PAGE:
Rebekah Gregory is quick to say that she’s not a victim of the Boston Marathon bombing that killed three spectators and wounded more than 260 on April 15, 2013. She is a survivor, and she marks that horrible day as the start of a new life—an experience she records in Taking My Life Back: My Story of Faith, Determination, and Surviving the Boston Marathon Bombing (Revell, Apr.).

Gregory and her five-year-old son Noah were just feet away from the first bomb, and Gregory’s legs took the brunt of the shrapnel, protecting Noah. A year and a half later, an 18th and final surgery was the amputation of her left leg.

“Every single thing about me is different than before Boston,” Gregory told PW. “For 26 years I expected to get out of bed and put my feet on the ground. Now I reach for my prosthetic leg or wheelchair, and it’s a daily reminder of how short life can be. Now I live every moment of my life enjoying it to the best of my ability.”

Gregory wishes every day that the bombing never happened, and she is focused on sharing what she learned because of it. “[The book] is less about my personal struggles and more about what each one has taught me: life is short… It was not until a bomb shattered my world that I realized I had been doing everything wrong,” she writes in the book’s introduction.

Taking My Life Back also includes details about Gregory’s life before the bombing. She was born in Kentucky as the daughter of a preacher, but life was difficult: she struggled with an abusive father and then single motherhood. All of the drama seemed to come to a head on that fateful day when she visited Boston to watch the mother of her boyfriend run the race.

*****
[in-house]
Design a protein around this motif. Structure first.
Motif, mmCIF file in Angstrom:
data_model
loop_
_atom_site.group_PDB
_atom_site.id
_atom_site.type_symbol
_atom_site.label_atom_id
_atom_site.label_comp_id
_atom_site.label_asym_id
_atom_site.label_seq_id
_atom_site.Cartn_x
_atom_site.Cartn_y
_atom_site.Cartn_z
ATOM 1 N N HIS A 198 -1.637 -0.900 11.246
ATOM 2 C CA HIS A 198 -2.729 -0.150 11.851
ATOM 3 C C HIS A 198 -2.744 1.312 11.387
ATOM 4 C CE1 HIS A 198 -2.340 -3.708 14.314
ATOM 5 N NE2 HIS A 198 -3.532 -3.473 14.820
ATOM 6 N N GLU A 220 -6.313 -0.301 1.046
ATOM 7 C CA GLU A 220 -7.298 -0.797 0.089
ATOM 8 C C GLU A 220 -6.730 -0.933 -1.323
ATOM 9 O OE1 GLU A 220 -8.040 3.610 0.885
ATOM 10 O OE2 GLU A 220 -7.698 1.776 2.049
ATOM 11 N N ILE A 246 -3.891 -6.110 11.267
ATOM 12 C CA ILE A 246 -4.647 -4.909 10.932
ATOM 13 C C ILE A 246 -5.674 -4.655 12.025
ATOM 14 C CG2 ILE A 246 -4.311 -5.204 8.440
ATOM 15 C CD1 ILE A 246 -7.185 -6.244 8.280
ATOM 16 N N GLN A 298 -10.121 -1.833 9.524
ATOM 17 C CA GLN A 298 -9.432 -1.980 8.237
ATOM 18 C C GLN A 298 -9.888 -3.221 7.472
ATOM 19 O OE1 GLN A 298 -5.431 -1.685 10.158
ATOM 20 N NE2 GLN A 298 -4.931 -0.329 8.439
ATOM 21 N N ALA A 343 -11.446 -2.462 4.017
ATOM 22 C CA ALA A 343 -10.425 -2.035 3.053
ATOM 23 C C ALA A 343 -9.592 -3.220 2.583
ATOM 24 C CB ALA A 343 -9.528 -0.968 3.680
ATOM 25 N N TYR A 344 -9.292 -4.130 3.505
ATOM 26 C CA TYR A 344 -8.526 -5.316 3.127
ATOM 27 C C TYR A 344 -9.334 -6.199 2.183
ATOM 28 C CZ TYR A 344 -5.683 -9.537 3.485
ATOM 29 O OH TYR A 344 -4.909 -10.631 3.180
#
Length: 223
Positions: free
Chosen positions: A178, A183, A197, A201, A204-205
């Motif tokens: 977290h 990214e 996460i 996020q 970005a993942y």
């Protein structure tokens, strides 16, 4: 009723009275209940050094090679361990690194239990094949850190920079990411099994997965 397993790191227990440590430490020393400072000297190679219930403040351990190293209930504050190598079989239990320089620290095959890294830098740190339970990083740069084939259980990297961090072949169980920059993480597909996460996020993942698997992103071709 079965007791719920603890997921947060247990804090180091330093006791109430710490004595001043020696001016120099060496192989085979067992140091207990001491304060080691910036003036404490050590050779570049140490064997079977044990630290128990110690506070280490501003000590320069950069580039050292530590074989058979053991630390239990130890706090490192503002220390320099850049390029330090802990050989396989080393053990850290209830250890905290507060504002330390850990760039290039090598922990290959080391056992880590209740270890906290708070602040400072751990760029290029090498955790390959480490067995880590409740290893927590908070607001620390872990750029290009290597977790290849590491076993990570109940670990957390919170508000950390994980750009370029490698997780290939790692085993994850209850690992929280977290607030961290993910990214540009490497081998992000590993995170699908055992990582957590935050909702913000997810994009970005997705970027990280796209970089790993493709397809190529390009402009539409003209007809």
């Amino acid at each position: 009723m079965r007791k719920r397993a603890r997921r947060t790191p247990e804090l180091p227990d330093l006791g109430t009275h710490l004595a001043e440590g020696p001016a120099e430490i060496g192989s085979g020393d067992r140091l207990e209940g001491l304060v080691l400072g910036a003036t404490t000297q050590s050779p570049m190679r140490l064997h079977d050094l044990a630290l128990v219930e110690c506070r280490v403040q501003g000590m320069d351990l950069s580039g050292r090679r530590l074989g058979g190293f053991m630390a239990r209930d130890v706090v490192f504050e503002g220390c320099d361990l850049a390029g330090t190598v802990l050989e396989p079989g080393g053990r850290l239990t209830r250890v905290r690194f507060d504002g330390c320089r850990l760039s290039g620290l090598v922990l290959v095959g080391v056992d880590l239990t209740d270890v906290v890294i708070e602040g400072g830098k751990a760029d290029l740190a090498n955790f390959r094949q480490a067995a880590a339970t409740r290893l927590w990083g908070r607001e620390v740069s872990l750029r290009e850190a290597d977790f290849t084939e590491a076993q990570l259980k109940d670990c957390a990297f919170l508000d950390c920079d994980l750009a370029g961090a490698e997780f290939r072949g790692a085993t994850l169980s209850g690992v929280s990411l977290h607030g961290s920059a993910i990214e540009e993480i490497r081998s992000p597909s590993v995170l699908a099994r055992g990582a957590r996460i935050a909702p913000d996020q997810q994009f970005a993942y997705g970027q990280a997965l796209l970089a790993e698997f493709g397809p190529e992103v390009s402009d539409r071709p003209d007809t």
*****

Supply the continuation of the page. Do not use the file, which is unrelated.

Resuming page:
Gregory still experiences the effects of post-traumatic stress disorder. “I had nightmares 4-5 times a week and woke up screaming,” she said. “Even now, fireworks really get to me and unattended bags at airports can give me a panic attack. Sometimes I have to give myself a pep talk and say no one is going to try to kill me today.”

She is part of what she calls her Boylston Street family, a group of those who also survived the bombing that happened on Boylston Street. “I might have a nightmare so I call or text, and they understand,” she said. “Unless you were there, you can’t wrap your head around it. It’s nice to have the support system.”

These days, Gregory travels around the country to share her story as a motivational speaker. She is mom to Noah and 10-month-old Ryleigh, nicknamed “miracle baby” after Gregory was told by doctors that her injuries would prevent pregnancy. Additionally, Gregory is starting a foundation called Rebekah’s Angels to provide resources for children suffering from PTSD.

“I look at life so differently now,” said Gregory. “We plan things on a whim, but we enjoy that. And who knows what’s in future?”

Vicki Crumpton, executive editor at Revell who acquired Taking My Life Back, recalled the shock that followed the Boston Marathon bombing. “It’s one of those events where you remember what you were doing when you heard about it,” she said. “When the proposal for Rebekah’s book arrived, I knew her story had great power.” Crumpton added that Gregory “has a great passion for sharing her story to inspire others to press on no matter what difficulties they face today.”

Revell is planning a marketing and publicity campaign that includes ad placement in AuthorBuzz, BookPage, Publishers Weekly, Christian Market, as well as appearances on sponsored podcasts such as The Happy Hour with Jamie Ivey. There will also be a five-city book tour and appearances on national media including the TODAY Show, Inside Edition, Parade, and more.